I've been blogging for a year now! Yea! This doesn't necessarily make me a specialist on the subject, but I have learned much, and I've done it enough that I can offer some tips. Here's my suggestions for children's writers and illustrators who are considering starting a blog:
1. Blog often. Unless your name is Michael Jackson or Brittney Spears, blogging any less than once a week is not enough for the world to remember that you even exist. Don't feel like every post must be something profound. A short post more often is better than a long rare post.
2. Be yourself. I like my crackers dry, not my blog reading. Let your personality shine through. Use humor. If your blog reads like a phonebook, lighten it up. The entertainment factor in blogging goes a long way. The thing is, the world of writing and illustrating for children's literature is much more political than I ever imagined a year ago when I first started doing this. Political correctness is abound in these circles, and you can't always speak your mind if you want to stay relevant. Use discretion in the topics you write about, but let your readers get to know who you are. I've made some mistakes during my first year of blogging. I let it all hang out...a bit too much. But, I'm not sorry. I think creativity is about closing your eyes, taking some chances and learning from your successes as well as mistakes.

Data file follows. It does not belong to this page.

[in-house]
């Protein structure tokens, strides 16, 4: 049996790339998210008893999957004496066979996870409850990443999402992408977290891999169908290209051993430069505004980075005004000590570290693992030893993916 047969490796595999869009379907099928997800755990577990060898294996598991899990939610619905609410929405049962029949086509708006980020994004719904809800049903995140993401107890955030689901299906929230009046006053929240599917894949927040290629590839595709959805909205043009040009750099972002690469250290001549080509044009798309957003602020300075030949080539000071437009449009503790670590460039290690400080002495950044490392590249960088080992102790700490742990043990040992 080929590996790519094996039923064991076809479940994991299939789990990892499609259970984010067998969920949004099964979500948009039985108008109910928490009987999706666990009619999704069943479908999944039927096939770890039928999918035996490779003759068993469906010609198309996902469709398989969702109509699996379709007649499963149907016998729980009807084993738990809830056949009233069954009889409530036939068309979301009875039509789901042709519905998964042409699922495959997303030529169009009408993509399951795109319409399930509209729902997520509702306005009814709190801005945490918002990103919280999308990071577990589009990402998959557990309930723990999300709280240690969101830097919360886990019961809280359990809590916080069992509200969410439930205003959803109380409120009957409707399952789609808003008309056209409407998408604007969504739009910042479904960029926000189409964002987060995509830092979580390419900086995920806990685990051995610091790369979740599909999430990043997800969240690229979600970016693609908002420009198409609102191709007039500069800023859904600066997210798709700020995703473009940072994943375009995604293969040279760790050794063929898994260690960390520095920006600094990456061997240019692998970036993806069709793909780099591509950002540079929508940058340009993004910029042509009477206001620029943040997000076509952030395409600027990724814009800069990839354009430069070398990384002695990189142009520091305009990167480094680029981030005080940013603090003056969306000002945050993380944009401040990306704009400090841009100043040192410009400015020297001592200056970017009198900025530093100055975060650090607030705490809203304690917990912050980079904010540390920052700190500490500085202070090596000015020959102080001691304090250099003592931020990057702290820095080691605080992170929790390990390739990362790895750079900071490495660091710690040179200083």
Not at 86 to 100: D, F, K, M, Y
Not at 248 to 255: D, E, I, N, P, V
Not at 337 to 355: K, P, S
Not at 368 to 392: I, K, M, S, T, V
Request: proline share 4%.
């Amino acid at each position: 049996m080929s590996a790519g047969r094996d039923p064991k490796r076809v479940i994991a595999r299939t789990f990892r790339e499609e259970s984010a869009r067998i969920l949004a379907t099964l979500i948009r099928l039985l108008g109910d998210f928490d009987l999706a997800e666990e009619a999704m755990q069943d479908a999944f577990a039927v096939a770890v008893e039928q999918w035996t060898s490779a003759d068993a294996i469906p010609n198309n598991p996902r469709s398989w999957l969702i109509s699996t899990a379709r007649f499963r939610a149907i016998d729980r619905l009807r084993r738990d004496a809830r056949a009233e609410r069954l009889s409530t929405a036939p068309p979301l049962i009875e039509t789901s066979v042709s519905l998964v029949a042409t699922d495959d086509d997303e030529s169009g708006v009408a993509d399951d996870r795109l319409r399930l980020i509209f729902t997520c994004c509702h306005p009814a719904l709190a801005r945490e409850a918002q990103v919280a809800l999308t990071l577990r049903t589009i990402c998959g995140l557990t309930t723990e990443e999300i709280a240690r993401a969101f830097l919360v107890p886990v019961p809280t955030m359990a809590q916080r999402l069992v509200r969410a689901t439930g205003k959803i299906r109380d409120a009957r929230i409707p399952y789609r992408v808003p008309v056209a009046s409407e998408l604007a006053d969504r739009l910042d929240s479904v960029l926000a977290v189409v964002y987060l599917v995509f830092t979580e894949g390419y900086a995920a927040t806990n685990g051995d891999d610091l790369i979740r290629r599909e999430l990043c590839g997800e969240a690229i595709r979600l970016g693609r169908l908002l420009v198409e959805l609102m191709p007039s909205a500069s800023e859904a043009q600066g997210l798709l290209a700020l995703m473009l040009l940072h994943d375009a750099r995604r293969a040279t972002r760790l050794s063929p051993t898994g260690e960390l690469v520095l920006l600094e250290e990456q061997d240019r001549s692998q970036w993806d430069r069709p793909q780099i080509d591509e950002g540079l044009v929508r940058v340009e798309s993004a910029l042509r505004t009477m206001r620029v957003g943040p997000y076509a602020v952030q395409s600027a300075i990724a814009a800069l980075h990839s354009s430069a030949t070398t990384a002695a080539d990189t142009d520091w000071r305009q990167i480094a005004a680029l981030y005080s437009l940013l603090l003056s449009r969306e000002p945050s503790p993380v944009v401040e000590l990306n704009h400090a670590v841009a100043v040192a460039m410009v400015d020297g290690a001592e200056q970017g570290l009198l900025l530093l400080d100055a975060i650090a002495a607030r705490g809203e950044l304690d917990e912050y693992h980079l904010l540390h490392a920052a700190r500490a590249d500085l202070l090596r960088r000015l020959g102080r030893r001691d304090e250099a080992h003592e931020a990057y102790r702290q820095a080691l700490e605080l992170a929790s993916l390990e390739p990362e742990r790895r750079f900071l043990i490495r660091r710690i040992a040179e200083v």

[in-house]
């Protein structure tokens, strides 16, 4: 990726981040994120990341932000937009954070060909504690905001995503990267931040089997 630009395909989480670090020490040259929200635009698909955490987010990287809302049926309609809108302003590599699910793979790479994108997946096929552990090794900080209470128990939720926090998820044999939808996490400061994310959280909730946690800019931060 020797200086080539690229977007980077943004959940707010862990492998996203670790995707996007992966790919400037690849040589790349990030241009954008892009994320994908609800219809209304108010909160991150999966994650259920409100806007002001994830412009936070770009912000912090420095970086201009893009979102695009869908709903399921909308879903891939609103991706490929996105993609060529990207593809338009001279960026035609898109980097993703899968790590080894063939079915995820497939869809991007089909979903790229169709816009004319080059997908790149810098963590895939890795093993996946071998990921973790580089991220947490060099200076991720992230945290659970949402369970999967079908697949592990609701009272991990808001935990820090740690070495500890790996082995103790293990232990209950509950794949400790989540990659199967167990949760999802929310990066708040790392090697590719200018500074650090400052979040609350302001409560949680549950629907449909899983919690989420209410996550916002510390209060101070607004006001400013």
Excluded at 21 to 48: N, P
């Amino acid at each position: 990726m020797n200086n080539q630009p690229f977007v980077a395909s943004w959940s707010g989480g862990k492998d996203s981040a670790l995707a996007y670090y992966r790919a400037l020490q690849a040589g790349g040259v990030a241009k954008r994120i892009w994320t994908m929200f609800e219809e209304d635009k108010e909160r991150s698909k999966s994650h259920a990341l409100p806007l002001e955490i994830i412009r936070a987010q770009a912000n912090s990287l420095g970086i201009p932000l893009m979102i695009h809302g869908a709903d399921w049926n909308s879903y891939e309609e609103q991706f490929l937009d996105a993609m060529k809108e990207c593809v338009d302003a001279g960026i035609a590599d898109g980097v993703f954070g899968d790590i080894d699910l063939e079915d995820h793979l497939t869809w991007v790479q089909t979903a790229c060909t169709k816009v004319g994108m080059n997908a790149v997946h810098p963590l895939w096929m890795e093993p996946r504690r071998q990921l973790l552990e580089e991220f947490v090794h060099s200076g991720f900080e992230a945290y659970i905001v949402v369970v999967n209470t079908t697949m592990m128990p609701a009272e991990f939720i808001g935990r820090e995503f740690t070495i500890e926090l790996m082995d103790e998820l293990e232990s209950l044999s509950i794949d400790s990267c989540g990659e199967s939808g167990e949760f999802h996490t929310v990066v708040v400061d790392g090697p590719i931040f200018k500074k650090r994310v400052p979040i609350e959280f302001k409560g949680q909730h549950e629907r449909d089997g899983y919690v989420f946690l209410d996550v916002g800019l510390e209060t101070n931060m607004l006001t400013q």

3. Talk to us. Use a conversational style of writing. Blog like you speak. I went through a stage where I was trying so hard to be literary (whatever that is). I would go through a theasaurus trying to find words that sounded intelligent when, in fact, I probably made myself sound really stupid. If the word "prolegomenon" is not typically a part of your vocabulary, using it will make you sound like a wanna be egghead.
4. Don't be a stranger. The social/networking aspect of blogging is almost as important as the writing aspect. Use blogging as a getting-to-know tool. If I read a blog that speaks to me, I leave a note letting the author know. The author will appreciate that. Commenting is also an invitation for others to come visit your blog. I've met so many people through comments I've discovered on other people's blogs. I'm a very quiet person in my non-blogging/writing/illustrating life. I don't talk much. Quiet people don't attract much attention to themselves. Works the same way in the blogosphere. Unless you are promoting your blog in other arenas (yahoo groups, speaking engagements, advertising) how else will you reach potential readers if your not a social blogger (a blurker (blog+lurker)?
5. Link up. This is what the internet all about. If you are discussing a particular author/illustrator/publisher/blogger, add a link to the person/entity you are writing about. Adding a link to a statement adds, I don't know, credibility/value/weight/ to your post. Also, use a blogroll. A blog roll is a list of blogs that you read with links to those blogs. It usually is added to the sidebar of your blog. I've discovered many a blog through other people's blog rolls. The thing is, you'll need to occasionally check on those you've linked to. Some folks just stop blogging, or close up shop without notice. One time I linked to an Austin, Texas site thinking I was providing my readers with more info about Austin. What I didn't know — until sometime later — is that the site contained pornographic body art pictures several clicks in, so you'll need to check things out to be sure.